By Matthew Spieler
AUSTIN, TEXAS—While it is true no two installations are the same, the fact is residential jobs are far more predictable than their commercial counterparts as, generally speaking, a house is a house is a house.
This is certainly not the case on the commercial side as, for one, it is broken into an array of segments including retail, education, corporate, government and so on. And, within each of these the differences are pronounced when it comes to the types of jobs flooring contractors are faced with on a daily basis. A mom-and-pop retail store is different from a national chain and they are both different than grocery stores; likewise, a K-12 facility differs from a university, which is nothing close to a casino or concert hall and so on down the list.
The one thing that is the same regarding virtually every commercial job, though, is there is a process that needs to be followed in order to ensure success for all parties involved.
It was this process—from planning to execution—that Starnet focused its Fall Membership meeting, which saw a record turnout as the buying group also continued its 20th anniversary celebration which it kicked off at its spring meeting in Puerto Rico (FCNews, April 30/May 7).
Jeanne Matson, Starnet’s president, said a record 267 people attended the three-day fall event here, including representatives from three dozen of the group’s vendors. Suppliers were on hand to present their latest products and services in a compacted table-show environment and were also allowed to sit in on the sessions to give them a better understanding of what a member must do to ensure his or her products are installed correctly the first time.
“This is the first time we had a table-top venue for vendors to exhibit,” she said, “but it went really well as both members and suppliers were very positive about it afterwards.”
Armstrong’s Rik Born agreed with Matson’s assessment, noting the table-top concept and how its set up was “very good. The way it was set up in conjunction with the lunch area worked really well as members flowed in and out the whole time.”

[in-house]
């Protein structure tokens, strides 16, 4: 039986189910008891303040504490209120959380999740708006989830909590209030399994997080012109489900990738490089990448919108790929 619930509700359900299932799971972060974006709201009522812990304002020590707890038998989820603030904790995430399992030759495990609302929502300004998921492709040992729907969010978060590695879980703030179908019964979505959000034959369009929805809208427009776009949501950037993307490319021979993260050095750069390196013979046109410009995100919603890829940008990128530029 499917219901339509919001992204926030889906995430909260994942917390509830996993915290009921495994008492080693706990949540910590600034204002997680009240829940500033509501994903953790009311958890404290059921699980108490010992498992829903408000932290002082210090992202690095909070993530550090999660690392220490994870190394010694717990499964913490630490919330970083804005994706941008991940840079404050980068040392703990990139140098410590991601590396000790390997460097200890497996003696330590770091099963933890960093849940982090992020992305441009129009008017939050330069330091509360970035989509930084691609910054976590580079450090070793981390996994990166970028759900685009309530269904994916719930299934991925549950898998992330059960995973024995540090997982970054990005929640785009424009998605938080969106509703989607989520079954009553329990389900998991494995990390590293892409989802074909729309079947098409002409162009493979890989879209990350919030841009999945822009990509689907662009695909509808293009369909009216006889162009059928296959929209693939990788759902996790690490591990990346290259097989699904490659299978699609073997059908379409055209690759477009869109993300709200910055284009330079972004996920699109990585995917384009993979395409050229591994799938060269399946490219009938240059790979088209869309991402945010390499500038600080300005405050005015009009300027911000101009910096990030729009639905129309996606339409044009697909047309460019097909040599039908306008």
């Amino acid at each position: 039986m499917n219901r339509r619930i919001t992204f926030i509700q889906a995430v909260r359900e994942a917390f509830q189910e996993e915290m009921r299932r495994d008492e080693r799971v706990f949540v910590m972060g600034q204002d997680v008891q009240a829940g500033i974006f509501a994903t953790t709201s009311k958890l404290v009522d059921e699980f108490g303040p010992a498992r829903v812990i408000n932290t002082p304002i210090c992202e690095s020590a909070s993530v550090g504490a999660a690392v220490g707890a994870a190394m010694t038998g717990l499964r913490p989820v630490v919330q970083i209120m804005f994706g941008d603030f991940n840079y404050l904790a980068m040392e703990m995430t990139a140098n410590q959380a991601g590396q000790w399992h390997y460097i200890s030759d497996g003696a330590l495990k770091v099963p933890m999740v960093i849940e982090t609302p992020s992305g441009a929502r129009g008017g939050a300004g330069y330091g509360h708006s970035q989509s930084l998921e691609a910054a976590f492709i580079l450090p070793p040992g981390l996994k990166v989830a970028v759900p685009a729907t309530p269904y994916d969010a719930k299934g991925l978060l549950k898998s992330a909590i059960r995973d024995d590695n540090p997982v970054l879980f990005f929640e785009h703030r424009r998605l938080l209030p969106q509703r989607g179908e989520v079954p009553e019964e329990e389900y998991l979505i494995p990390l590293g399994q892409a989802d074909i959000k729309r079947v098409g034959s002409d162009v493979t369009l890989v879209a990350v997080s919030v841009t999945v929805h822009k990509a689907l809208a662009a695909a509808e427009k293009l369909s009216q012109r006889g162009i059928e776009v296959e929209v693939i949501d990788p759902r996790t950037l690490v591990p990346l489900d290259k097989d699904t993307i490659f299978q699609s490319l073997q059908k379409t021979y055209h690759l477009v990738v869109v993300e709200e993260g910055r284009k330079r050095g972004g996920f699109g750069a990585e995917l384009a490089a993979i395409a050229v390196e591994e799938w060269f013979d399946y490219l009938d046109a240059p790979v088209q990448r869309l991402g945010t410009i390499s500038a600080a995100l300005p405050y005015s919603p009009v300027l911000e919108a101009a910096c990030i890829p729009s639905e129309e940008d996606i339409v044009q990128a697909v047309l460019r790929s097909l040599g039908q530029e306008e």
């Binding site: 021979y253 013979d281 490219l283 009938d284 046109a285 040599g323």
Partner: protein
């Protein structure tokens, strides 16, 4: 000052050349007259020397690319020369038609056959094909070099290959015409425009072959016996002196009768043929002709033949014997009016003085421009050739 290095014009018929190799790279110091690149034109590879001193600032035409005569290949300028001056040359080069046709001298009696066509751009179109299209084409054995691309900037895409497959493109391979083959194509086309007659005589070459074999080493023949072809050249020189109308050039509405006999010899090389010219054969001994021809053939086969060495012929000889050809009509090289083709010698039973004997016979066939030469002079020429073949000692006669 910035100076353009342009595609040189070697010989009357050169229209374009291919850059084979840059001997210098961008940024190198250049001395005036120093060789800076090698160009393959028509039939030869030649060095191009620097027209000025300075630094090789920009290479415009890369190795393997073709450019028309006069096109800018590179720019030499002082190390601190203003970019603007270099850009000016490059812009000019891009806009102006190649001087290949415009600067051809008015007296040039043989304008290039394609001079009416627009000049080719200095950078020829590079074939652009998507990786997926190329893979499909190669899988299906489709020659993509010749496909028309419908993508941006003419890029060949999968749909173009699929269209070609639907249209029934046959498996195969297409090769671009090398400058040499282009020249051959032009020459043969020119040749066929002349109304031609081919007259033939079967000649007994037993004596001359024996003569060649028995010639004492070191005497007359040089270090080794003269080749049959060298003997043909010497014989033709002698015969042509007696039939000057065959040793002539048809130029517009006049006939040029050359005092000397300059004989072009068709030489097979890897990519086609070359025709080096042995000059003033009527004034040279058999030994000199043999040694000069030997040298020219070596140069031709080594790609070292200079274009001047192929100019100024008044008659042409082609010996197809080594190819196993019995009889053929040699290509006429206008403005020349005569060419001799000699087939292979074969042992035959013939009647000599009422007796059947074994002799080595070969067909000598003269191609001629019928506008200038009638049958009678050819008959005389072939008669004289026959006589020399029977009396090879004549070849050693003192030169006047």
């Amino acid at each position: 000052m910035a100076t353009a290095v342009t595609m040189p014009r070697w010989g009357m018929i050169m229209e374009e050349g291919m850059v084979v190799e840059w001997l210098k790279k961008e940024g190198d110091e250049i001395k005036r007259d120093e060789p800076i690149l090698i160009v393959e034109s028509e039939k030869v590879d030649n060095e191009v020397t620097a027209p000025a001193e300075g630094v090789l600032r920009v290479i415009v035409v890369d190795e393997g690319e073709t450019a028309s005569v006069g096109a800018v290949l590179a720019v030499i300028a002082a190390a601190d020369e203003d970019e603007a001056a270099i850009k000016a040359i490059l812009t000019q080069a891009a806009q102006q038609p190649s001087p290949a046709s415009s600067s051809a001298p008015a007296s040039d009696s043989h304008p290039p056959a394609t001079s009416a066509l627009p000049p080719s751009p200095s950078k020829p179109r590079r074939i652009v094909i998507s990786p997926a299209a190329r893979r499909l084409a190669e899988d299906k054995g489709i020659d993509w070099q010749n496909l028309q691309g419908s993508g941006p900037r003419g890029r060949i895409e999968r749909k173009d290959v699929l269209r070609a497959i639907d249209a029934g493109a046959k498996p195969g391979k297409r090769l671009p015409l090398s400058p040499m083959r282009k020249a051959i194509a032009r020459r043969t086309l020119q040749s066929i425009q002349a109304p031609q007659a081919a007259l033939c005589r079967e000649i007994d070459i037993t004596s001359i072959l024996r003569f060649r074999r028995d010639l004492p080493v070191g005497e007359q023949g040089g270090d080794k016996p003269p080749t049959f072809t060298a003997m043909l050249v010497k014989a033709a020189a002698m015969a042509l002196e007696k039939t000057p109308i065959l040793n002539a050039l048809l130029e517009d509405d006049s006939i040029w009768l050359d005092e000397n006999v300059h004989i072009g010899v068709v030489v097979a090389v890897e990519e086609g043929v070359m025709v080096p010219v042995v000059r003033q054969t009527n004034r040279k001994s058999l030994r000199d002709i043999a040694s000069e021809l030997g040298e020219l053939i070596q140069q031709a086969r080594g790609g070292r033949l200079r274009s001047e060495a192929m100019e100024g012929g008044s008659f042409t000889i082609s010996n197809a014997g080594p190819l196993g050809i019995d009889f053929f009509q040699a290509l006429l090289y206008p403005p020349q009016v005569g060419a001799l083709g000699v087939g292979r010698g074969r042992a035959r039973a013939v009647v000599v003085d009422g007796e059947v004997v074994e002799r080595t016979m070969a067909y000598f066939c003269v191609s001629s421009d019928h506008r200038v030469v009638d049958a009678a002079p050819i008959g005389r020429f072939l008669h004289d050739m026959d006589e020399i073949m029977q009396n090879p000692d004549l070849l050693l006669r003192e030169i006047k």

Born said Armstrong’s message for the event was green. “It’s all about green, and we’re keeping the sustainability story in front.” He pointed out the company was just launching its VCT recycling program “at this level, so this is a great opportunity to educate Starnet members about it.”
Chris Heyden of CoMc said based on member feedback the company developed the new Eclipse locking tile system, as its colors are geared to commercial establishments, unlike its Avaire line which has more of a residential feel and look. “Eclipse is Avaire for commercial; it has a different locking system and very tight joints. And best of all, you can use our tiles or a competitor’s with our locking system.”
Ty West, vice president of sales, Southwest, for Canadian carpet mill Kraus, called this the perfect setting to interact with Starnet members and help the mill develop relationships with those in the U.S. “This is the most professional group out there and for us it’s the best way to interact and not be a heavy sell. It’s about developing relationships and camaraderie— that’s why this is the best show to come to.”
He added being around the industry’s top contractors is also a great opportunity to get direct feedback on existing products, but more importantly on those still in the developmental stages. West showed Starnet members a number of new concepts Kraus is hoping to bring to market in the coming year.
A perfect example of the kind of feedback he was referring to came from Stacy Dobbs, design and development manager for Starnet member Texan Floor Service in Houston, who explained why certain colors and patterns would work and why others would not. Nonetheless she was impressed enough with what she saw from Kraus to tell West the company would be willing to field-test some products “so long as they meet not only our color and design needs, but performance standards as we have our reputation to protect.”